With the fantastic team we’ve grown and the wonderful youth and parent leaders we’ve worked with this year, we’ve very well set for more peacemaking work in 2021!”

Paul Maxwell-Rose, Co-Director (Programmes)

Coronavirus support for families

Between March and October, our team of staff and 14 volunteers supported 70 vulnerable families with more than 100 children between them. This included ten Spanish-speaking families, for whom we recruited a dedicated family worker to provide assistance in their home language. Many people were already struggling before the pandemic, however the arrival of Coronavirus – and the loss of jobs, reduced income and the mental health and other issues that came with it –  only exacerbated their challenges and brought many to breaking point.

We provided the vast majority of families with regular weekly, often intensive, phone-based support. The issues they faced were wide-ranging, including debt, hardship and food poverty; digital exclusion; physical and mental health; childcare and family support; and the general frustrations of isolation. We supported them by providing help directly where we could, as well as signposting them to specialist support from partner organisations, and helping them to navigate and access council and social services.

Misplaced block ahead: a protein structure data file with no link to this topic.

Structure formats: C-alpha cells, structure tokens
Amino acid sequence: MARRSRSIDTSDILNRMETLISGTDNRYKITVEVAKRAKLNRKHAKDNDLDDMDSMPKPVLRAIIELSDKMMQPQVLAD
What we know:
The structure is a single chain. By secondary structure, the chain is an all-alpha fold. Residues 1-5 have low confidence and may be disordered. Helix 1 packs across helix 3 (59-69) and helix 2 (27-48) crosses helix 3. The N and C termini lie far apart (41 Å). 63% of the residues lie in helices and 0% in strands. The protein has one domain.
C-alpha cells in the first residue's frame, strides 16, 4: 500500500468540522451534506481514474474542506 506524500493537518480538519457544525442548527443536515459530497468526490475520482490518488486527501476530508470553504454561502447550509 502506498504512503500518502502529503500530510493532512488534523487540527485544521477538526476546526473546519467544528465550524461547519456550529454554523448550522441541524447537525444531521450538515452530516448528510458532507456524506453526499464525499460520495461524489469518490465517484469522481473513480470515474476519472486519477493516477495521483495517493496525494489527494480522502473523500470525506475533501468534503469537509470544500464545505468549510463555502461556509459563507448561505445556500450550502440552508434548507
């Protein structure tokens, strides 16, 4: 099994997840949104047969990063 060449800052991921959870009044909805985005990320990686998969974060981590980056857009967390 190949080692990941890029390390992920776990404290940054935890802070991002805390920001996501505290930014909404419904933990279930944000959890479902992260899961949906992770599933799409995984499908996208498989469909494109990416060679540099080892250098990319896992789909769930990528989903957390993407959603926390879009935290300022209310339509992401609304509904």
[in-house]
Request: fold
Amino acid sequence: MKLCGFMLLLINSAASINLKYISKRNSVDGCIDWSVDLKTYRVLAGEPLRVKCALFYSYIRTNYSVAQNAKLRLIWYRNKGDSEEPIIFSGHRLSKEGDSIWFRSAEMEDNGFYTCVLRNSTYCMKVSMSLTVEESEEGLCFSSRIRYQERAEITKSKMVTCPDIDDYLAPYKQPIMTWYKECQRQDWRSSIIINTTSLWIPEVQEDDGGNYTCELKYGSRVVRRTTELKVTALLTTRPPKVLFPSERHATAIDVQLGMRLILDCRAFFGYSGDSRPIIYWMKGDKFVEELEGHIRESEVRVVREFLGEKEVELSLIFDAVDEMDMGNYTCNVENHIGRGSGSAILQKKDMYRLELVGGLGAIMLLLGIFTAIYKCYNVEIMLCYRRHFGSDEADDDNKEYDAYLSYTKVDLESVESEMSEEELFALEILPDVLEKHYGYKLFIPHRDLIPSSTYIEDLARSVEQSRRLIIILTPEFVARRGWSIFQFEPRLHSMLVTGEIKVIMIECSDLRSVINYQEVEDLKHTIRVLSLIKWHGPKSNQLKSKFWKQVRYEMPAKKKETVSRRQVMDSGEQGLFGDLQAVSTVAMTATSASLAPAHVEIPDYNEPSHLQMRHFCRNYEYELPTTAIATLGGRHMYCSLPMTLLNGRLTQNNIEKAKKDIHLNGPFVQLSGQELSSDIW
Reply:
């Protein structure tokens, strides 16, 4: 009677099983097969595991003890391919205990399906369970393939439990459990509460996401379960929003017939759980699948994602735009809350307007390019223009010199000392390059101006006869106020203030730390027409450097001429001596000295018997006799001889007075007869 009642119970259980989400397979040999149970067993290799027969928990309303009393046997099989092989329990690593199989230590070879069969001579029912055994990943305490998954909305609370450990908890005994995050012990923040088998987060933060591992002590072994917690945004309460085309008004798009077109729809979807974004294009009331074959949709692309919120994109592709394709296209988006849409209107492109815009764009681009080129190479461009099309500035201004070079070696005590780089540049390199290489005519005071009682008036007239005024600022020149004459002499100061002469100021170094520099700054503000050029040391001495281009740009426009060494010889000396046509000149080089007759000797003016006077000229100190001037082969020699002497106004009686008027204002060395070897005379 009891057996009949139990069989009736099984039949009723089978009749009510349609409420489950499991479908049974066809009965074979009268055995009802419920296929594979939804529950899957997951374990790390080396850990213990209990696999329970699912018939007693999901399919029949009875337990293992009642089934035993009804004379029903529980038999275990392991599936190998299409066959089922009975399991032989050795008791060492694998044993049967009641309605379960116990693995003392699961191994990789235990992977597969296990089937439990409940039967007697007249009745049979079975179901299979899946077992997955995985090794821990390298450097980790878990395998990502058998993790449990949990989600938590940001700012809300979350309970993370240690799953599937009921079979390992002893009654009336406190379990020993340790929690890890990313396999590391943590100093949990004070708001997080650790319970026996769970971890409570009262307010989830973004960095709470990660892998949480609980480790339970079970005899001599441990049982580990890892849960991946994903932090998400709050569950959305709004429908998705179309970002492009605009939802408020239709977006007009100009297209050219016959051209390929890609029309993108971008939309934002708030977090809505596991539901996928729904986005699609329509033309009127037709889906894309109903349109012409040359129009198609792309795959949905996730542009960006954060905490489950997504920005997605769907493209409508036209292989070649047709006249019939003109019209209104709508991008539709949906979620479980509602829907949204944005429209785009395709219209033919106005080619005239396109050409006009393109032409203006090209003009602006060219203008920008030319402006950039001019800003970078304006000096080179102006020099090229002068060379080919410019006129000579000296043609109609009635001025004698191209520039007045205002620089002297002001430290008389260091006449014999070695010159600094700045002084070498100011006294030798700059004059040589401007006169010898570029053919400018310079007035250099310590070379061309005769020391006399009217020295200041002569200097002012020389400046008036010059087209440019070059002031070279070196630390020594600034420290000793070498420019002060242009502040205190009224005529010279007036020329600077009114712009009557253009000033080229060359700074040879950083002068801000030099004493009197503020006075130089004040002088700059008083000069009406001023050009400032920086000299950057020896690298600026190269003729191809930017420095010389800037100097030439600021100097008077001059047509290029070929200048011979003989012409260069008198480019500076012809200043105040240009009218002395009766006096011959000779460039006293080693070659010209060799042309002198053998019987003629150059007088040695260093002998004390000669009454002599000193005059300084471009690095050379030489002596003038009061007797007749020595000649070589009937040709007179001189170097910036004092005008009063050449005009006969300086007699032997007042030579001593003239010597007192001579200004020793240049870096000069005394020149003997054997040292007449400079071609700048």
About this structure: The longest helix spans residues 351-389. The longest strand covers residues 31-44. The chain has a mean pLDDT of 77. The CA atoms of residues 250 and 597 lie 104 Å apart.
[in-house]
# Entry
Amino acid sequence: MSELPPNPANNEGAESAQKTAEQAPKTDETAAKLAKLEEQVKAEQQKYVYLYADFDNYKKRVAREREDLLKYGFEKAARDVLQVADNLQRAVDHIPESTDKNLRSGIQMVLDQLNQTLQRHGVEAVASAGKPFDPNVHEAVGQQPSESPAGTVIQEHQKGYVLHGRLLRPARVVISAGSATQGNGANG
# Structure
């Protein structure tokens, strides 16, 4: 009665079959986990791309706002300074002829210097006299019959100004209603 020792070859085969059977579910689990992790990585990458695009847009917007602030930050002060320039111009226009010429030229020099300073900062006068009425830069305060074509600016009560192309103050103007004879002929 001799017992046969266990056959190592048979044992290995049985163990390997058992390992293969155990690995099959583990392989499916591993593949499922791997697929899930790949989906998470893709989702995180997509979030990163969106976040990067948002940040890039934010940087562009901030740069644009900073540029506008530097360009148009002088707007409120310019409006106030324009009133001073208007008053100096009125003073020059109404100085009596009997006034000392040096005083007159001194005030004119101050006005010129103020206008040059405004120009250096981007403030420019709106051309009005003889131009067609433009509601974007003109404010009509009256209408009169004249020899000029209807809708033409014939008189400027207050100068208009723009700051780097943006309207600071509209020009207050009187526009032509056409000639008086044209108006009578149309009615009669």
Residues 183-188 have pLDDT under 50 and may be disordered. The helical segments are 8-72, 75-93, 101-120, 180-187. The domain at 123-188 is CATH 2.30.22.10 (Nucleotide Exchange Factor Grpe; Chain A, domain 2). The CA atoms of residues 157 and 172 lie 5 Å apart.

“Thank you so much for trying to help me. Yours is the only call I get where someone is trying to help” A Brixton parent who received regular support from our family support team  

Voices for Change schools work

Before and after lockdowns, we further built on our work mentoring students at risk of exclusion thanks to our funding from The Walcot Foundation. At the heart of the programme, we organised weekly group mentoring sessions with students at three Lambeth secondary schools, listening carefully to understand their frustrations and concerns and empowering them to take action on the issues they care about most. This year, for example, the issues included school behaviour policy, police-community relations and climate change.

While schools were closed during lockdown, we also provided daily virtual activities to help young people stay engaged, connected and learning. These included a wide variety of online challenges and activities from virtual street dance classes to BoxCercise!